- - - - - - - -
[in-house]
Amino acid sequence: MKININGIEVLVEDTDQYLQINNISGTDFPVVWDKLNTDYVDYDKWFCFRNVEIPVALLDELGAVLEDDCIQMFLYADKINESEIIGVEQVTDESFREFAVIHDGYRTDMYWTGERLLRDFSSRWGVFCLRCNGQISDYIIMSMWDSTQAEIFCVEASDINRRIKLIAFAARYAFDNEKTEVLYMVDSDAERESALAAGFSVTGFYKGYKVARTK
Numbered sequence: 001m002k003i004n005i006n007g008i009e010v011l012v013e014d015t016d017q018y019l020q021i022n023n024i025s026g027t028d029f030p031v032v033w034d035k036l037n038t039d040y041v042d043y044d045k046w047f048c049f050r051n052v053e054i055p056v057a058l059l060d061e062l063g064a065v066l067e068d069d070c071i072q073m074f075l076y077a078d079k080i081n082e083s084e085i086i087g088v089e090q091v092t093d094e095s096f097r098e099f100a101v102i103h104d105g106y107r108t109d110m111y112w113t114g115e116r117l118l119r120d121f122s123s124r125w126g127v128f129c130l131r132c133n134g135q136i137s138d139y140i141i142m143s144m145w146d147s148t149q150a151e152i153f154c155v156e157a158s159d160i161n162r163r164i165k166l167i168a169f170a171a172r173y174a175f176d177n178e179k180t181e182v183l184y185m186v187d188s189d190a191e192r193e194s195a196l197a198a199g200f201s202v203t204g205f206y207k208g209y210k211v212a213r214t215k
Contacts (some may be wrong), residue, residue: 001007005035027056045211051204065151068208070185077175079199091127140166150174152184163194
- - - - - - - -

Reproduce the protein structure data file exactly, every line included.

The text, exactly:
[in-house]
Amino acid sequence: MKININGIEVLVEDTDQYLQINNISGTDFPVVWDKLNTDYVDYDKWFCFRNVEIPVALLDELGAVLEDDCIQMFLYADKINESEIIGVEQVTDESFREFAVIHDGYRTDMYWTGERLLRDFSSRWGVFCLRCNGQISDYIIMSMWDSTQAEIFCVEASDINRRIKLIAFAARYAFDNEKTEVLYMVDSDAERESALAAGFSVTGFYKGYKVARTK
Numbered sequence: 001m002k003i004n005i006n007g008i009e010v011l012v013e014d015t016d017q018y019l020q021i022n023n024i025s026g027t028d029f030p031v032v033w034d035k036l037n038t039d040y041v042d043y044d045k046w047f048c049f050r051n052v053e054i055p056v057a058l059l060d061e062l063g064a065v066l067e068d069d070c071i072q073m074f075l076y077a078d079k080i081n082e083s084e085i086i087g088v089e090q091v092t093d094e095s096f097r098e099f100a101v102i103h104d105g106y107r108t109d110m111y112w113t114g115e116r117l118l119r120d121f122s123s124r125w126g127v128f129c130l131r132c133n134g135q136i137s138d139y140i141i142m143s144m145w146d147s148t149q150a151e152i153f154c155v156e157a158s159d160i161n162r163r164i165k166l167i168a169f170a171a172r173y174a175f176d177n178e179k180t181e182v183l184y185m186v187d188s189d190a191e192r193e194s195a196l197a198a199g200f201s202v203t204g205f206y207k208g209y210k211v212a213r214t215k
Contacts (some may be wrong), residue, residue: 001007005035027056045211051204065151068208070185077175079199091127140166150174152184163194